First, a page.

Ajax Penumbra 1969
Atlantic Books 11.95, ebook 2.66
Review: Alannah Hopkin
If the word “bookshop” — or bookstore, as they say in the USA — raises your spirits, then you will enjoy this slim volume. It is a “prequel” to a much longer novel, Mr Penumbra’s 24-hour Bookstore, a gripping adventure story featuring both the skills of a traditional society of code breakers, and the world of digital hi-tech.
The result is closer to an updated version of the adventures of Stieg Larsson’s inspired hacker, Lisbeth Salander, than Dan Brown’s unconvincing “symbologist”, Robert Langdon — but has elements of both. It’s a classy and compelling kind of hokum.
In the longer novel, Mr Penumbra is an old man, but back in 1969 he was a recent graduate of Galvanic College, known as ‘the Harvard of Northwestern Illinois’. He has been recruited by Galvanic’s librarian as a junior acquisitions officer, and is visiting San Francisco on official library business.
At Galvanic he had been assigned his roommate by ‘a computerised process’, his first personal experience of the computer in any shape or form. Back then, only a few insiders had any inkling of the potential power of the personal computer, and one of these was Claud Novak, Ajax’s room mate.
At first the computer seems to have made a bad mistake, but as they unpack, Ajax and Claud discover that they share a passionate love of books: science fiction in Claud’s case, Shakespeare, Dante and Homer for Ajax.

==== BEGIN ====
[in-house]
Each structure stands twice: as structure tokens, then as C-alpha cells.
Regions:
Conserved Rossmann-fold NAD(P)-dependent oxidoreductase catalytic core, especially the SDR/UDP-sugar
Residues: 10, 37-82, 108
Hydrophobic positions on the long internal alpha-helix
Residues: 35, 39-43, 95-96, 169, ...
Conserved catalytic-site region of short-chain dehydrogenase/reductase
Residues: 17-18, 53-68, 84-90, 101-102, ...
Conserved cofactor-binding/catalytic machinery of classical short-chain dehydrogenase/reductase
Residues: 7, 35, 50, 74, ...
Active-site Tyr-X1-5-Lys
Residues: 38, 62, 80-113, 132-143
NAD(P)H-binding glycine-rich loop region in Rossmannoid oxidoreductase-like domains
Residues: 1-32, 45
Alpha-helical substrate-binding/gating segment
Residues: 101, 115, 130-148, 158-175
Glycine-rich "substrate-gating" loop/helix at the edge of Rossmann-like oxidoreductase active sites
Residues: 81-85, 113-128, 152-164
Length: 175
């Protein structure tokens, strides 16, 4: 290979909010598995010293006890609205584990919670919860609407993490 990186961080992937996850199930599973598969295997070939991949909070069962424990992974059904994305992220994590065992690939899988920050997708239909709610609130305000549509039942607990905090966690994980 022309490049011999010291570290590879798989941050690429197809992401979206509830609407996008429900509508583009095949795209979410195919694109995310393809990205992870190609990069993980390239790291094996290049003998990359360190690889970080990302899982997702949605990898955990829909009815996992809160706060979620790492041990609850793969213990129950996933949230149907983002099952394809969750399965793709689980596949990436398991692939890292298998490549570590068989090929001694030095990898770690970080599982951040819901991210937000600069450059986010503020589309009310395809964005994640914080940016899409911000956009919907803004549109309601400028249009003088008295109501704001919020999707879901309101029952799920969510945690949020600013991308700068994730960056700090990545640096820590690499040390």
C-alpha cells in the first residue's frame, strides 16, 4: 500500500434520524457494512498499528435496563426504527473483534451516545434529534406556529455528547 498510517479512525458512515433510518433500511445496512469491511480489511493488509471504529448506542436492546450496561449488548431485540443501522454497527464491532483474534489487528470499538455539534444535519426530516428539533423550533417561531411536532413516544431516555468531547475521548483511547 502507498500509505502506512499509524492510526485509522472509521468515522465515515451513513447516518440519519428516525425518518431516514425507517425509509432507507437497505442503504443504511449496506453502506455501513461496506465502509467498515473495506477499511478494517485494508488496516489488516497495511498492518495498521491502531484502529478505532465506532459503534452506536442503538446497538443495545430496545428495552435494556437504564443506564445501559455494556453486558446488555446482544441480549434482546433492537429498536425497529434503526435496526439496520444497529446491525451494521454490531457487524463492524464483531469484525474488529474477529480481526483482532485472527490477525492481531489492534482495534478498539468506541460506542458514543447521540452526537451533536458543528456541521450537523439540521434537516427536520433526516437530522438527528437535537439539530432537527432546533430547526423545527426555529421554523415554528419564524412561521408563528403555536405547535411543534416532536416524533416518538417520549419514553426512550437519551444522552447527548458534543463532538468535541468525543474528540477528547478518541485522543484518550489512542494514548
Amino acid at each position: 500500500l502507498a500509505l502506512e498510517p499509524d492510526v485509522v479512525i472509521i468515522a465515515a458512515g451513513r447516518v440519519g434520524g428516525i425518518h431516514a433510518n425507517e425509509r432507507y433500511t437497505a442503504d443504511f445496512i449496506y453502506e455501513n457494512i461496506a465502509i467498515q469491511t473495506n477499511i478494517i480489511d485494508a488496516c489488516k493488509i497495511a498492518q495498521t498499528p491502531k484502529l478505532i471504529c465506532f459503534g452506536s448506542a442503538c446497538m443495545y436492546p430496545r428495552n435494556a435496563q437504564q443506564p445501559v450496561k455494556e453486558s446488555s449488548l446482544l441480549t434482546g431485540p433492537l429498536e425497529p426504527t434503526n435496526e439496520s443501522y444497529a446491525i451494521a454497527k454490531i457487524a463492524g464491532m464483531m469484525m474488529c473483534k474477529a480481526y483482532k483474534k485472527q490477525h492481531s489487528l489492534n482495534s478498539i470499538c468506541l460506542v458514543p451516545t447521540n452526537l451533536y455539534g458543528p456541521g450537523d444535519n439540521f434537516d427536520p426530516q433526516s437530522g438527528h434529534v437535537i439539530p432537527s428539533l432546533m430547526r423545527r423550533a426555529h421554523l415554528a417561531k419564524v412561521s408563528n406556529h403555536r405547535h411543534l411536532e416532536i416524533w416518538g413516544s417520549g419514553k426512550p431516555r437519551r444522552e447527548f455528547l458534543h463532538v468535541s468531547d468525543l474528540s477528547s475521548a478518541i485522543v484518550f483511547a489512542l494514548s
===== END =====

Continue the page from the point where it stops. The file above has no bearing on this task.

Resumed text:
The two brilliant young scholars also share what the bookstore’s mysterious owner, Mohammed Al-Asmari, or Mo, calls ‘the willingness to entertain absurd ideas’, and this is at the heart of the story’s appeal.
Novak’s computer studies lead him to participate in the first experiments with an ambitious cross-country computer link known as an inter-network, while the trainee librarian follows an unlikely series of leads in search of the only copy of an esoteric book called The Techne Tycheon, last heard of in Macau in 1657.
After many hours of research, Ajax unearths a reference to the Tycheon in San Franscisco in 1861, and he takes off for California.
Foggy San Francisco in 1969 is lovingly evoked — from the impecunious long-haired hippies who spend the night in Mo’s bookstore, to the disruption caused to the city by the excavations for the Bay Area Rapid Transport— BART.
The adventure story unfolds in parallel, with serious questions both mystic — the mysterious power of coincidence, and technological — the creative potential of computers.
A key concept is the idea that randomness can be productive, in digital technology as much as in “real life”.
An Appendix at the end of the prequel, containing the first chapter of the longer sequel, clever; the temptation to go online and download the 304-page ebook is irresistible.
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